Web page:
EXECUTIVE SUMMARY The global impact of osteoarthritis (OA) constitutes a major worldwide challenge for health systems in the twenty-first century. In 2005, 26.9 million US adults were estimated to have OA, up from 21 million in 1990. OA accounts for 2.4% of all years lived with disability (YLD) and has been ranked as the 10th leading contributor to global YLDs. The global prevalence of hip and knee OA is approaching 5% and is projected to increase as the population ages. Obesity rates are also rising globally, and as obesity is a strong risk factor for knee OA and may also increase the rates of hip, hand and spinal OA, rates of these painful conditions, together with their associated disability and loss of function, will continue to increase. The trends in OA YLDs from 1990 to 2013 showed a 75% increase, the third most rapidly rising condition associated with disability, just behind diabetes at 135% and dementia at 84%. The most recent update of the Global Burden of Disease figures, (GBD 2013) estimated that 242 million people were living in the world with symptomatic and activity limiting OA of the hip and/or knee, accounting for 13 million YLDs. These figures are likely to be an underestimate of the true global burden of OA, as these rates only consider hip and knee OA, and not OA at other sites. The economic burden of arthritis on patients and society is high in every country that it has been estimated. In 2003 the total costs attributable to arthritis and other rheumatic conditions (AORC) in the US was approximately $128 billion equalling 1.2% of the 2003 US gross domestic product. Direct costs totalled $80.8 billion (i.e., medical expenditures) and indirect costs were $47.0 billion (i.e., lost earnings). A US study in 2009 estimated costs due to hospital expenditures of total knee and hip joint replacements to be $28.5 billion and $13.7 billion respectively. When compared to age and gender matched peers, patients with OA have higher out of pocket health-related expenditures with the average direct costs of OA per patient estimated at approximately $2,600 per year. Additionally, job-related indirect costs due to loss of productivity have been estimated to cost from $3.4 to $13.2 billion per year. These figures are likely to be far greater in 2016 given the increasing prevalence of OA, the ageing population and the greater demands for and costs of medical and surgical interventions. Presently there are no drugs approved that can prevent, stop, or even restrain progression of OA. Moreover, the available medications that promise to mitigate the pain of OA have a number of risk/benefit considerations. Non-steroidal anti-inflammatory drugs (NSAIDs) have been associated with a clinically relevant 50 –100% increase in the risk of myocardial infarction or cardiovascular death compared with placebo [CNT Collaboration]. As a consequence of these treatment related adverse events and the paucity of other effective treatments, there is an urgent need for clinical studies of new and existing agents that might intervene in the pathophysiology and progression of OA. In 2014 an FDA Guidance for Industry Expedited Programs for Serious Conditions – Drugs and Biologics was released providing the FDA’s current thinking on four programs intended to facilitate and expedite the development and review of new drugs to address unmet medical need in the treatment of a serious or lifethreatening condition; specifically fast track designation, breakthrough therapy designation, accelerated approval, and priority review designation. The FDA first articulated its thinking on expediting the availability of promising new therapies in regulations codified at part 312, subpart E (21 CFR part 312). Qualifying criteria for accelerated approval were a “drug that treats a serious condition and generally provides a meaningful advantage over available therapies and demonstrates an effect on a surrogate endpoint that is reasonably likely to predict clinical benefit or on a clinical endpoint that can be measured earlier than irreversible morbidity or mortality (IMM) that is reasonably likely to predict an effect on IMM or other clinical benefit (i.e., an intermediate clinical endpoint)”. The term serious has been defined by the FDA as “a disease or condition associated with morbidity that has substantial impact on day-to-day functioning. Shortlived and self-limiting morbidity will usually not be sufficient, but the morbidity need not be irreversible if it is persistent or recurrent. Whether a disease or condition is serious is a matter of clinical judgment, based on its impact on such factors as survival, day-to-day functioning, or the likelihood that the disease, if left untreated, will progress from a less severe condition to a more serious one.” (21 CFR 312.300(b)(1). 3 OA has all the hallmarks of a serious condition. It is associated with a range of levels of disability severity from mild, when it may cause intermittent pain with only minimal difficulty performing daily activities, to severe with chronic pain, progressive irreversible structural damage and progressive loss of function, often with associated decline in mental health as well as an increase in mortality when a person is no longer able to walk or live independently. Pain from arthritis is one of the key barriers to maintaining physical activity and can be considered a key factor in onset of frailty in the elderly. The impact of OA is multi-factorial and depends on different contexts. Disability and loss of function associated with OA is higher in women, those with lower education levels, and the socially disadvantaged. Those reliant on manual labor, weight-bearing, or positions that involve walking or knee bending for their livelihood, are also more affected by the disability associated with OA. While there are numerous non-pharmacologic and pharmacologic interventions for OA, and integrated models of patient-centered multi-disciplinary care have been shown to reduce pain and improve function and quality of life among individuals with OA, we have no known cure or proven strategy for reducing progression from early to end-stage OA. We have no proven remedy for preventing the need for total hip or knee joint replacement, which is the end result for millions of OA patients worldwide. It is well documented that the actual rate of total joint replacement may significantly underestimate the true need. Many individuals may be in a health state that would be considered severe enough for total joint surgery, but a variety of personal and system factors are barriers to appropriate care. Further, it is also recognized that undergoing a joint replacement does not equate with remission or reversal of disability, but rather a lessening of disease severity in the replaced joint; it does not solve the problem. Most people continue to suffer some physical impairment following joint replacement and while there are improvements in pain and physical function, they do not reach the comparable level of their population peers. As many as 20-30% continue to experience pain and disability after total joint replacements and one in five require joint replacement in another joint within two years. OA is also associated with increased comorbidity. A recent systematic review found people living with OA had a pooled prevalence for overall cardiovascular disease pathology of 38.4% (95% confidence interval (CI): 37.2% to 39.6%) and were almost three times as likely to have heart failure (relative risk (RR): 2.80; 95% CI: 2.25 to 3.49) or ischemic heart disease (RR: 1.78; 95% CI: 1.18 to 2.69) compared with matched non–OA cohorts. In addition, OA significantly limits a person’s ability to self-manage other conditions, such as diabetes, and hypertension given that OA related pain is associated with reduced physical activity, which in turn is associated with increased all cause mortality. The presence of these comorbidities present contraindications to the use of existing OA therapies such as NSAIDs. Compared with the general population, people with OA have shown excess all cause mortality (standardized mortality ratio 1.55, 95% confidence interval 1.41 to 1.70). The more severe the walking disability, the higher was the risk of death (p value for trend <0.001), largely due to cardiovascular disease. Global and national health policies need to urgently address the rising burden of OA. OA has the potential to deny the sufferer the basic human rights as outlined in the United Nations Charter for Rights of Persons with Disability. OA sufferers should have the right to life, to accessibility to activities, to work, to be mobile, to be independent and be part of the community. OA-related disability threatens these rights. Access to interventions to prevent this threat are urgently needed. In the 2015 World Health Organization(WHO) publication World Report on Ageing and Health, “healthy ageing” was defined as ‘the process of developing and maintaining the functional ability that enables well being in older age. Functional ability comprises the health-related attributes that enable people to be and do what they have reason to value.’ It is clear that the pain and loss of mobility associated with OA becomes more apparent as people age and hence, people with OA are denied the right to healthy ageing. The World Health Organization Global Disability Action Plan 2014-2021, also calls for ‘better health for all people with disability’ and recognizes disability as a human rights issue. The following White Paper provides an in-depth review of the current literature and analyses of numerous OA cohorts, all supporting the designation of OA as a serious disease with no known cure and no interventions currently available to stop the progression or therapies to manage the pain and loss of mobility with an acceptable benefit:risk profile.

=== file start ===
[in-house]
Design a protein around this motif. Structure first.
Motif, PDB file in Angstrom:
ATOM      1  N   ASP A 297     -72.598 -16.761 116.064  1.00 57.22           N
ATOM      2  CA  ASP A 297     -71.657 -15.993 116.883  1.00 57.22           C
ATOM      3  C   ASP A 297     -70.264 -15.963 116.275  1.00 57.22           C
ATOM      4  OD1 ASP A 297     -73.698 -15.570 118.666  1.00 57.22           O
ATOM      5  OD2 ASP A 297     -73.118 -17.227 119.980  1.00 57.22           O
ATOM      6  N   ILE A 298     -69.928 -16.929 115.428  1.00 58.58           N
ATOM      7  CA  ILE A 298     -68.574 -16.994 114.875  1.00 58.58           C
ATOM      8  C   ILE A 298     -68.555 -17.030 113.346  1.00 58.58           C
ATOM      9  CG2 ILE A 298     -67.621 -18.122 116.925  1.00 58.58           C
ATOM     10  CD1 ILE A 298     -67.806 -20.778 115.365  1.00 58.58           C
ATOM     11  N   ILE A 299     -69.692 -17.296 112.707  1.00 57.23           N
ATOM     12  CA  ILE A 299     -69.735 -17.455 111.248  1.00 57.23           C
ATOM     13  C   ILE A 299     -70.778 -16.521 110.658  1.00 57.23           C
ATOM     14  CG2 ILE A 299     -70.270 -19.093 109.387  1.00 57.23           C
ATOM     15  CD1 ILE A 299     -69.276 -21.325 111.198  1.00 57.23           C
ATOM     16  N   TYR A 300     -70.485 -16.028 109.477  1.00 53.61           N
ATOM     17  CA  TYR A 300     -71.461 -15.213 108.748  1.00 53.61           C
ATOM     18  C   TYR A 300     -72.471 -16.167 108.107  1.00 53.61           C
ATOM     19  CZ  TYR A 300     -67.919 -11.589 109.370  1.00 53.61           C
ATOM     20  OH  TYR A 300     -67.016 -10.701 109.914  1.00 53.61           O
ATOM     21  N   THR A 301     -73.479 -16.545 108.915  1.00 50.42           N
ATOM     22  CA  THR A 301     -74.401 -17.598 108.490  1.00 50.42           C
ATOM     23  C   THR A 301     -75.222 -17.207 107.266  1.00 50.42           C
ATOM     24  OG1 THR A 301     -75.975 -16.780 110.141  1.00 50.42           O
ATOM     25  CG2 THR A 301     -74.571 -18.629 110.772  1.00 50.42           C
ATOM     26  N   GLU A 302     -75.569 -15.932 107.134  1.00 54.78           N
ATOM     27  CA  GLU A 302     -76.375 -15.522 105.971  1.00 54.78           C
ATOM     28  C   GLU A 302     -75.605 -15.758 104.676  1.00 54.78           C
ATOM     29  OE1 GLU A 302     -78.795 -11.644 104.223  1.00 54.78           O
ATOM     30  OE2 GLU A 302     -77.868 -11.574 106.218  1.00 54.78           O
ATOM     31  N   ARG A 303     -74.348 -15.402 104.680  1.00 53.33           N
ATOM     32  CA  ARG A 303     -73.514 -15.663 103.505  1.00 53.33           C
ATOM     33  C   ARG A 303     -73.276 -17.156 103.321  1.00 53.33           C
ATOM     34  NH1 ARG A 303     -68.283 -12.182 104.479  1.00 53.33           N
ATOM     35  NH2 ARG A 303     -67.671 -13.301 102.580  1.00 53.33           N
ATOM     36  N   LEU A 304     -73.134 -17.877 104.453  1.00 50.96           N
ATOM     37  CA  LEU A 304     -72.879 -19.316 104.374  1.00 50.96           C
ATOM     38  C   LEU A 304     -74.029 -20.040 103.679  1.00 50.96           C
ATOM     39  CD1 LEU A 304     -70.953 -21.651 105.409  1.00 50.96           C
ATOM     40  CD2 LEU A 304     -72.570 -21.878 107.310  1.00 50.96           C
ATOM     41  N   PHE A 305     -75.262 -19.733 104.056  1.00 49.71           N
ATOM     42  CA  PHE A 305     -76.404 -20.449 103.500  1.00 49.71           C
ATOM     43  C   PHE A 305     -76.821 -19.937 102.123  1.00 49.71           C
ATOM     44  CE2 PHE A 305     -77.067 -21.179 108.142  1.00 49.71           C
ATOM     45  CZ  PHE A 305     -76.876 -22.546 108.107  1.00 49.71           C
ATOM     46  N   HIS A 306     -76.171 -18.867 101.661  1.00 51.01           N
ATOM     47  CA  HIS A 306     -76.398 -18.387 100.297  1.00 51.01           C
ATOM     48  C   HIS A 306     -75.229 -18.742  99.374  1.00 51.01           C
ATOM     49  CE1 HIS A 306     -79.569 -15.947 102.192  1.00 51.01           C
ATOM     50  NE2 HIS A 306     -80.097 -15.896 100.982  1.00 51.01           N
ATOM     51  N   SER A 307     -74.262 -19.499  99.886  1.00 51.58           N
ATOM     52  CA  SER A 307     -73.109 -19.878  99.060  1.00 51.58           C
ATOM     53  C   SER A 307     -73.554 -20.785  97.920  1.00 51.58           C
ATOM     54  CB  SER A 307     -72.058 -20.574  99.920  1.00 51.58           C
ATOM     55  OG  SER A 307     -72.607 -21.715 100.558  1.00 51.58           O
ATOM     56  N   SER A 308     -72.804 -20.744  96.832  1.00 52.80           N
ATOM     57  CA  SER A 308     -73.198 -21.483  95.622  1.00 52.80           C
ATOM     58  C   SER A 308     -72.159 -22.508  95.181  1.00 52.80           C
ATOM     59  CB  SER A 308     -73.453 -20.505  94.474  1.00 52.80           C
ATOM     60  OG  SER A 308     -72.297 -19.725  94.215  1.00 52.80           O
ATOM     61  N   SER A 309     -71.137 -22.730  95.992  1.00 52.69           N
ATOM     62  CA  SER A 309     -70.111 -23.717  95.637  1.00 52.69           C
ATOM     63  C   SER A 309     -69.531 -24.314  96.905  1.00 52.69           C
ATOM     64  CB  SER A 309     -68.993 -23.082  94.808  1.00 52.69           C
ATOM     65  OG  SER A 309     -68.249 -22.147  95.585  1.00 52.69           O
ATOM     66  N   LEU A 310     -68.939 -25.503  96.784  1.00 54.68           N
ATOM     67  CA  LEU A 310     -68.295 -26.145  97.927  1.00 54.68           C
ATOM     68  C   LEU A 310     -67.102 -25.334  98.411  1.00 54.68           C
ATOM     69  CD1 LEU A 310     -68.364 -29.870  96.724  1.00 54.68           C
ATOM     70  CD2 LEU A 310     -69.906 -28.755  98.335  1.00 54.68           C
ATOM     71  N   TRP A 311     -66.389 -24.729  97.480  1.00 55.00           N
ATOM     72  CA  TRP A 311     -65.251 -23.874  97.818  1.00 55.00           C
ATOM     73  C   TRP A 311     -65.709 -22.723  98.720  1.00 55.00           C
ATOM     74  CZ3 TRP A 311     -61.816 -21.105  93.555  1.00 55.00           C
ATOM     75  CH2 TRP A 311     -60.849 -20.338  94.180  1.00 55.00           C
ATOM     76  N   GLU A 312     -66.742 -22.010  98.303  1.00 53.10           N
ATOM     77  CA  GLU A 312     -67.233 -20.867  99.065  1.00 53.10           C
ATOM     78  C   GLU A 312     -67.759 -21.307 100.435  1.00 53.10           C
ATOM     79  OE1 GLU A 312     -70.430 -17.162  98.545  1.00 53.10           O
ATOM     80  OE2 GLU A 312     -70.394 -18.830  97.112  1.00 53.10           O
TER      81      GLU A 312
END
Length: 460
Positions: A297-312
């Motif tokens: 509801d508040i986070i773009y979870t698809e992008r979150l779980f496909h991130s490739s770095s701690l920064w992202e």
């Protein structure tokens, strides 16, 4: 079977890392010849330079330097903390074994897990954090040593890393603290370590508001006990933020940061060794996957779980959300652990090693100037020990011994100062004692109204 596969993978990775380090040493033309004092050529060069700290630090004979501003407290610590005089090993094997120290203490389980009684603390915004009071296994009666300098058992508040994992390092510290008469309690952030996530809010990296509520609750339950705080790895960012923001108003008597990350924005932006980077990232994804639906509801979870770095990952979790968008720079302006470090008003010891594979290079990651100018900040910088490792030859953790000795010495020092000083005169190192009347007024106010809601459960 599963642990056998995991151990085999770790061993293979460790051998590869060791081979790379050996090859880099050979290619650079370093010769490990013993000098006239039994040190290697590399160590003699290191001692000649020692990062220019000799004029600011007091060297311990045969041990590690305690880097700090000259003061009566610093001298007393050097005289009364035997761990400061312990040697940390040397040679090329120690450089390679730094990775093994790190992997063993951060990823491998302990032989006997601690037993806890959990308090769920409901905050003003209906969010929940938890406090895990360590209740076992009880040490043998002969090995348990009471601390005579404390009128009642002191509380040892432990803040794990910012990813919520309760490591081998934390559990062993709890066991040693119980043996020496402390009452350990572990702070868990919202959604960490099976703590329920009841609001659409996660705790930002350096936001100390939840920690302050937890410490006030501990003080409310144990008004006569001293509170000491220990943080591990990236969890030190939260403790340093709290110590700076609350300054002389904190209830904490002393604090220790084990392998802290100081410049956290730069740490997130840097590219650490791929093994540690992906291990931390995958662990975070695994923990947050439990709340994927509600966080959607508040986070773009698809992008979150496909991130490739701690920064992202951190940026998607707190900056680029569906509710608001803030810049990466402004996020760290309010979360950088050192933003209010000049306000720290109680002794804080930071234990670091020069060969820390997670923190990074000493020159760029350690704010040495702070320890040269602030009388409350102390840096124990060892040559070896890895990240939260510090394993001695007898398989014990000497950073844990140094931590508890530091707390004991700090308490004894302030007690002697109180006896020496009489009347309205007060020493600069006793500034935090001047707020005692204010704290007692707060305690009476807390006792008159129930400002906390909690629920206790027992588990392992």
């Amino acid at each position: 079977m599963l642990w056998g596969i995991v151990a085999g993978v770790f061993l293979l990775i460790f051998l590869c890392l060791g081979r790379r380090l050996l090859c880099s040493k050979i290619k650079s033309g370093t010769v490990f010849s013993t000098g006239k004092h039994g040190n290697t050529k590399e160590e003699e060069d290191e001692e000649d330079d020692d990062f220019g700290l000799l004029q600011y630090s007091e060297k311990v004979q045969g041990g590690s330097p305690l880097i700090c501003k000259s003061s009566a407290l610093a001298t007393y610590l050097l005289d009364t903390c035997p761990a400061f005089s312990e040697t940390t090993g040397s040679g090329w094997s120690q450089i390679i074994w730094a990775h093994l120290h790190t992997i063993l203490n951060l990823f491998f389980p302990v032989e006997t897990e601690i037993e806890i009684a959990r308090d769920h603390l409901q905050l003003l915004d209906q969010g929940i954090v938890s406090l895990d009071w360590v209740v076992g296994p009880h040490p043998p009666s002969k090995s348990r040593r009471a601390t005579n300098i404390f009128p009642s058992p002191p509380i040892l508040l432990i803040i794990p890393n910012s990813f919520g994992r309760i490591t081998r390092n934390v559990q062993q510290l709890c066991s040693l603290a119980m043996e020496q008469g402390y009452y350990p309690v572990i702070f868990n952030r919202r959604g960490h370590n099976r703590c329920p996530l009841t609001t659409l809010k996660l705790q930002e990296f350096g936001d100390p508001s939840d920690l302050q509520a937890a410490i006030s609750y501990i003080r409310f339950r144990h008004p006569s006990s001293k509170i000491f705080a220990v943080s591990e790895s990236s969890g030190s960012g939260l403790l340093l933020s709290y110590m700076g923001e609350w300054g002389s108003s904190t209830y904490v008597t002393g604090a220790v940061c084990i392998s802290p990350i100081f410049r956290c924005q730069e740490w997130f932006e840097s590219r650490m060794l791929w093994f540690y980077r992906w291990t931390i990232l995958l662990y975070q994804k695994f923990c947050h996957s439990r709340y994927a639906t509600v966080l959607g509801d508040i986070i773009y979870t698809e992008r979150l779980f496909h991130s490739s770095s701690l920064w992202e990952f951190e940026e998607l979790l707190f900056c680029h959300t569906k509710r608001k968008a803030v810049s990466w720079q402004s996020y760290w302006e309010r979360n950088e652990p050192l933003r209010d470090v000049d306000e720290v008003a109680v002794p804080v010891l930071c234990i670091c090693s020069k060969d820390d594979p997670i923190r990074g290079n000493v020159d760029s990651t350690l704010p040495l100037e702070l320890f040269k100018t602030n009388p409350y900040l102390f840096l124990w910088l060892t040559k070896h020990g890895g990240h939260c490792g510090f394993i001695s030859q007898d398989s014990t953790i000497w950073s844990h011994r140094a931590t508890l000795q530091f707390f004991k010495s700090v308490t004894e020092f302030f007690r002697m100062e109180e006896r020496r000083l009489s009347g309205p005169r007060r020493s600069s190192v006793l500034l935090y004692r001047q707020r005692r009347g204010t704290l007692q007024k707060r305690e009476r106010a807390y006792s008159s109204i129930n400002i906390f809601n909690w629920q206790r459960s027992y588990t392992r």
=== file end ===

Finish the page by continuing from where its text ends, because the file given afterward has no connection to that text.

|Commissioning body||United States Food and Drug Administration|
|Number of pages||103|
|Publication status||Accepted/In press - 1 Dec 2016|